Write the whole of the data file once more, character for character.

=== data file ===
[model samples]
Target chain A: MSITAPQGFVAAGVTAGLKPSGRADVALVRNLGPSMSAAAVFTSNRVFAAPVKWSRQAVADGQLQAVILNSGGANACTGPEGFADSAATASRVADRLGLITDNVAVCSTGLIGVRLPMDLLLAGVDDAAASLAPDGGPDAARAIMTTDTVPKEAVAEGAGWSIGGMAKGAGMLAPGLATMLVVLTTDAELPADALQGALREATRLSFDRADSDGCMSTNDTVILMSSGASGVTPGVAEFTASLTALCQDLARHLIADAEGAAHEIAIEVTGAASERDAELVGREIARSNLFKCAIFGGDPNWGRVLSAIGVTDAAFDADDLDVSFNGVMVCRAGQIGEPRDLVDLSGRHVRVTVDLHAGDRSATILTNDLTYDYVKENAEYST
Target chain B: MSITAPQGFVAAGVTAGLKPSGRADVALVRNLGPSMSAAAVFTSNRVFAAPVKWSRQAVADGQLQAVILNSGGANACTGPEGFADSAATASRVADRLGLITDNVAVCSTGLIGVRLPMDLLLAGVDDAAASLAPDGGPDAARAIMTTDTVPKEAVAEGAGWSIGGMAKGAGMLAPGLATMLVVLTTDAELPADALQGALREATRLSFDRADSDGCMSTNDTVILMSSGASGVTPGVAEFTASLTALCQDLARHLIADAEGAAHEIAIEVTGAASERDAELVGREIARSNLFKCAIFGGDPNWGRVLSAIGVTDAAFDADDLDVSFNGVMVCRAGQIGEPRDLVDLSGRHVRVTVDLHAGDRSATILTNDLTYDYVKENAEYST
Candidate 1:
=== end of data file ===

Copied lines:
[model samples]
Target chain A: MSITAPQGFVAAGVTAGLKPSGRADVALVRNLGPSMSAAAVFTSNRVFAAPVKWSRQAVADGQLQAVILNSGGANACTGPEGFADSAATASRVADRLGLITDNVAVCSTGLIGVRLPMDLLLAGVDDAAASLAPDGGPDAARAIMTTDTVPKEAVAEGAGWSIGGMAKGAGMLAPGLATMLVVLTTDAELPADALQGALREATRLSFDRADSDGCMSTNDTVILMSSGASGVTPGVAEFTASLTALCQDLARHLIADAEGAAHEIAIEVTGAASERDAELVGREIARSNLFKCAIFGGDPNWGRVLSAIGVTDAAFDADDLDVSFNGVMVCRAGQIGEPRDLVDLSGRHVRVTVDLHAGDRSATILTNDLTYDYVKENAEYST
Target chain B: MSITAPQGFVAAGVTAGLKPSGRADVALVRNLGPSMSAAAVFTSNRVFAAPVKWSRQAVADGQLQAVILNSGGANACTGPEGFADSAATASRVADRLGLITDNVAVCSTGLIGVRLPMDLLLAGVDDAAASLAPDGGPDAARAIMTTDTVPKEAVAEGAGWSIGGMAKGAGMLAPGLATMLVVLTTDAELPADALQGALREATRLSFDRADSDGCMSTNDTVILMSSGASGVTPGVAEFTASLTALCQDLARHLIADAEGAAHEIAIEVTGAASERDAELVGREIARSNLFKCAIFGGDPNWGRVLSAIGVTDAAFDADDLDVSFNGVMVCRAGQIGEPRDLVDLSGRHVRVTVDLHAGDRSATILTNDLTYDYVKENAEYST
Candidate 1: